In between he traveled extensively as a professional soccer player and even spent time with clubs in New York, Philadelphia and St. Louis during the 1930s. But the small city located some 50 miles south of Boston was home, and it was that bond which was celebrated in a story published in Fall River's Herald News on Sept. 5, 1930.
A couple of days earlier, Patenaude and fellow Fall Riverite Billy Gonsalves returned from a three-month trip to South America with the U.S. national team. Their voyage entailed 35 days at sea and was punctuated by a third-place finish in the first FIFA World Cup. But the details of that historic achievement were of secondary importance, according to Herald News sports editor Frank McGrath.
“Take it from both of them, they’re mighty glad to be back,” he reported. “Not that they didn’t enjoy the trip, for they had a great time, but the happiest moment for the two youngsters since they left New York on June 13 was when they hopped from the bus here late Tuesday night.”
Patenaude and Gonsalves were so eager to get home that they took a train and then a bus from Providence rather than wait for the boat from New York. The pair “have been kept on the hop greeting their friends,” wrote McGrath, who also delved into the players’ future with the Fall River Marksmen, the local American Soccer League juggernaut that was about to embark on a European tour.
Regarding the trip south, it was noted that Patenaude called Gonsalves “the outstanding player on the United States team,” but “would say nothing concerning his own playing, outside of the fact that he did his best.”
McGrath mentioned the “hostile crowds” in South America and the “rough play of their opponents,” and lamented the injury to goalkeeper Jimmy Douglas that marred the semifinal loss to Argentina. In one post-World Cup exhibition, the U.S. put the ball in the opposition net six times, only to see a “partisan” referee rule out three. In another, a dispute following an apparent goal by Tom Florie resulted in a pitch invasion by frustrated fans who “specialize in hissing”.
Nowhere did the Herald News story reference the three World Cup goals Patenaude scored against Paraguay at Parque Central in Montevideo, where the U.S. sealed its semifinal berth. Nowhere did it mention that Patenaude, a 20-year-old American, was the first man to tally a World Cup hat trick. And nowhere did it celebrate the fact that Fall River’s native son finished as the tournament’s third-leading scorer.
“Now they are settled again, ready to take up their favorite sport where they left off,” McGrath wrote, as if the games and goals in Uruguay occurred on fields in a parallel but irrelevant universe. While the U.S. soccer authorities credited Patenaude with four goals overall, including three against Paraguay, word of his feat failed to spread. Accounts of the action differed depending on the source. FIFA agreed that Patenaude scored the first and third goals of the Americans’ 3-0 win on July 17, but Florie was credited with the second. Elsewhere, Gonsalves, Bart McGhee or even a Paraguayan defender was held responsible.
Two days later, Argentina’s Guillermo Stábile struck three times in a 6-3 defeat of Mexico, and for the next 76 years he was celebrated by FIFA as the man with the first World Cup hat trick. Following the tournament he left his native Buenos Aires for Italy, where he signed with Genoa.
Patenaude passed away in 1974 at the age of 65, a member of the National Soccer Hall of Fame who won three U.S. Open Cup titles. He died on his birthday in early November, four months after the conclusion of the sixth consecutive World Cup for which the U.S. failed to qualify. He died in the middle of a long nadir for American soccer, his achievement recognized only by his surviving teammates and USSF records that were ignored by the rest of the planet. It was sadly fitting.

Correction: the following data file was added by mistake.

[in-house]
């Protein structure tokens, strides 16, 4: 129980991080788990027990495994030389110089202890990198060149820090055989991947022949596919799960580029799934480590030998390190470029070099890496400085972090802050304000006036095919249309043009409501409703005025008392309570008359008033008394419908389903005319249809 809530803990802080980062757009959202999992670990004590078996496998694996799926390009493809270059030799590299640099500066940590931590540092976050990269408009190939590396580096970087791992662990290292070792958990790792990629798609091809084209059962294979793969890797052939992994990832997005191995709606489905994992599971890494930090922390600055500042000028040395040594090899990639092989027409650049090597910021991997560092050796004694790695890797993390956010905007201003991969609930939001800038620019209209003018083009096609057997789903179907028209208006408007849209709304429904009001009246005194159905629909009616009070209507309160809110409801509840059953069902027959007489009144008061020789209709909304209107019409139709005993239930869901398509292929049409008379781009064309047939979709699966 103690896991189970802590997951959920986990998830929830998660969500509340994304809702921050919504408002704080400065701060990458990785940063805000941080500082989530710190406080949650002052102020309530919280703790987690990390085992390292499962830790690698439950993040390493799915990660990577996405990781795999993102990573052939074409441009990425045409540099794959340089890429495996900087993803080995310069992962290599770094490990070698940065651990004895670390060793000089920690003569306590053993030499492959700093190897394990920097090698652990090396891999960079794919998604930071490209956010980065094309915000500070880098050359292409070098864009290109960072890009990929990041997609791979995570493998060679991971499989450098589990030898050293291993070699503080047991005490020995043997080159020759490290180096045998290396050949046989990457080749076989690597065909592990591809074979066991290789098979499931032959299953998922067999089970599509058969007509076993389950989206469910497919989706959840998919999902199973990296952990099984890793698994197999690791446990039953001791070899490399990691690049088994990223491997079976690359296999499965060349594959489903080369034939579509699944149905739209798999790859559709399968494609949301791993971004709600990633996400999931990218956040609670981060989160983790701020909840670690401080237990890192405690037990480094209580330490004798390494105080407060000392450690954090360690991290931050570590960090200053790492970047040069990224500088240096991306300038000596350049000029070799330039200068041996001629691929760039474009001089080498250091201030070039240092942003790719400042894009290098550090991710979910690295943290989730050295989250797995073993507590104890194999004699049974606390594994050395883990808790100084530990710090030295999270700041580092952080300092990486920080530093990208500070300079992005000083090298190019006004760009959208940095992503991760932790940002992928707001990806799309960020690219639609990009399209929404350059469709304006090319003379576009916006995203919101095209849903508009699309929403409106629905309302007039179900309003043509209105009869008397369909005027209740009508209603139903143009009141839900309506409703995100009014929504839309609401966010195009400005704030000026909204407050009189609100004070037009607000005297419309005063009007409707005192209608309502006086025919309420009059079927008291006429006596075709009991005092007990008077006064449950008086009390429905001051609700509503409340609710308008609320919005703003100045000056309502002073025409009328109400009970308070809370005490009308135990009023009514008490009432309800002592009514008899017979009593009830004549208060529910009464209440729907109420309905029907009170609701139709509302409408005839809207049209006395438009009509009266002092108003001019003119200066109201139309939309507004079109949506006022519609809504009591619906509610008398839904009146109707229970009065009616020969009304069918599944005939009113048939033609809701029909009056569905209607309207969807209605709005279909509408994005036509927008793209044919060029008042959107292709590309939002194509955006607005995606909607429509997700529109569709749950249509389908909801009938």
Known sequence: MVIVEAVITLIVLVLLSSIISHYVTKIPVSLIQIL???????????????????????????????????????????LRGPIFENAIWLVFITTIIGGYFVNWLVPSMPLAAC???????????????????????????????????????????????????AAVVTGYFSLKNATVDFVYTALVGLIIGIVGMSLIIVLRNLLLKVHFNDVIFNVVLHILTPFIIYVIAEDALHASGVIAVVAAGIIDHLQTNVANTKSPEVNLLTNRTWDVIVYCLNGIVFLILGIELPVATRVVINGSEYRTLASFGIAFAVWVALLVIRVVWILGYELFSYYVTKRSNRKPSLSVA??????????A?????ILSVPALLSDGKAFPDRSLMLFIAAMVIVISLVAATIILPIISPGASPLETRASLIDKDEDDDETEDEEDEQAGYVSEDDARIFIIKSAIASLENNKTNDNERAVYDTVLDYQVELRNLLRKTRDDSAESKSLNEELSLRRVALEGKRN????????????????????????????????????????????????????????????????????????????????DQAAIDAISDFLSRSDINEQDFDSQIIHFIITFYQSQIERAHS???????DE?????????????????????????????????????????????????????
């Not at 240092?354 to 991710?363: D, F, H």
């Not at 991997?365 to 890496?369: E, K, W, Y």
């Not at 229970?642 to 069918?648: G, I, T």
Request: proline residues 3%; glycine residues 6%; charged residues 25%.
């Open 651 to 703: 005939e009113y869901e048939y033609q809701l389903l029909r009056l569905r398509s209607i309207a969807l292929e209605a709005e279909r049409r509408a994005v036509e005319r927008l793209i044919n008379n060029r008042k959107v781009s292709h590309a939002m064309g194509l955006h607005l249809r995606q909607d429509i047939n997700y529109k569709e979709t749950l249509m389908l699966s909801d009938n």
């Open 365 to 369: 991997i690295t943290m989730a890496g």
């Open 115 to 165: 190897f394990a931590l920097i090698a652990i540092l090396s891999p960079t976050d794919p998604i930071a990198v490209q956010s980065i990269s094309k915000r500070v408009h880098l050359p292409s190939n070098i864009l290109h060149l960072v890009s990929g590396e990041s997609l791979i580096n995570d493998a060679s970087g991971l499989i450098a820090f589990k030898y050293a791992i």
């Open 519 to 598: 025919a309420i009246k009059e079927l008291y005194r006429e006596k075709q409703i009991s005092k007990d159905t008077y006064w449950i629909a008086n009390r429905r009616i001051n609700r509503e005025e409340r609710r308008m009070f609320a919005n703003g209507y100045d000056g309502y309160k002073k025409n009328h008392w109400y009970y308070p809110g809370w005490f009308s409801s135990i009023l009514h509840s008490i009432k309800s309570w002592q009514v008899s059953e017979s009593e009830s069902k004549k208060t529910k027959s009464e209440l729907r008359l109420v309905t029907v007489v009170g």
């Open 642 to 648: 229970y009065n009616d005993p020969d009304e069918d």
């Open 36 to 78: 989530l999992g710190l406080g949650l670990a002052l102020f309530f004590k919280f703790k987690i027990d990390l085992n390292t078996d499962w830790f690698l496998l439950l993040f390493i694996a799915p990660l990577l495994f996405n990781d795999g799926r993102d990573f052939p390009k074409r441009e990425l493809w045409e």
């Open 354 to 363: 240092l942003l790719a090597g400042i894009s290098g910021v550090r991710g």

The following year, Uruguay was selected to host the 1930 tournament. The distant location scared off potential European entrants (not including the four British associations, which had withdrawn from FIFA) and two months before kickoff, none had committed. FIFA president Jules Rimet eventually helped persuade Belgium, France, Romania and Yugoslavia to participate. The teams set sail from Villefranche-Sur-Mer on June 21, reached Rio de Janeiro eight days later and finally set foot in Montevideo on July 4. The Americans arrived on July 1 following an 18-day voyage and were one of four squads seeded by FIFA, despite having lost their only game of the 1928 Olympics, 11-2, to Argentina.
With only 13 teams signed up and several European powers absent, the U.S. faced an easier path to the semis.
“If everybody had been there, I can’t imagine the U.S. would be finishing third,” says Roger Allaway, a retired journalist and the author of several books on the history of American soccer. “It was not just England and Scotland who weren’t there. Austria, Hungary and the Czechs were big powers in that day and Italy won the World Cup four years later.”
But the U.S. was buoyed by the growth of the ASL. Colin Jose, a colleague of Allaway who lives in London, Ont., and has written extensively on the sport in North America, says that the circuit included “maybe four or five teams that were good enough to play in the Scottish first division … A lot of young American and Canadian players played in the league and benefited playing alongside experienced professionals. At one time I counted 50 European professionals playing in the ASL. Nothing like that happened again until the NASL, 50 years later.”
Coach Bob Millar, a Scot who moved to the U.S. in his early 20s, selected 16 players for the trip to Uruguay, including 12 from the ASL. The most experienced was 32-year-old goalkeeper Jimmy Douglas, who starred for the New York Nationals and already had five international caps. The youngest were midfielders Gonsalves and Jim Brown, each 21, and Patenaude, who was 20.
Patenaude had just helped Fall River win its third Open Cup crown but likely owed his World Cup invitation—or at least his playing time—to the absence of Archie Stark, 32, the great center forward from Bethlehem Steel.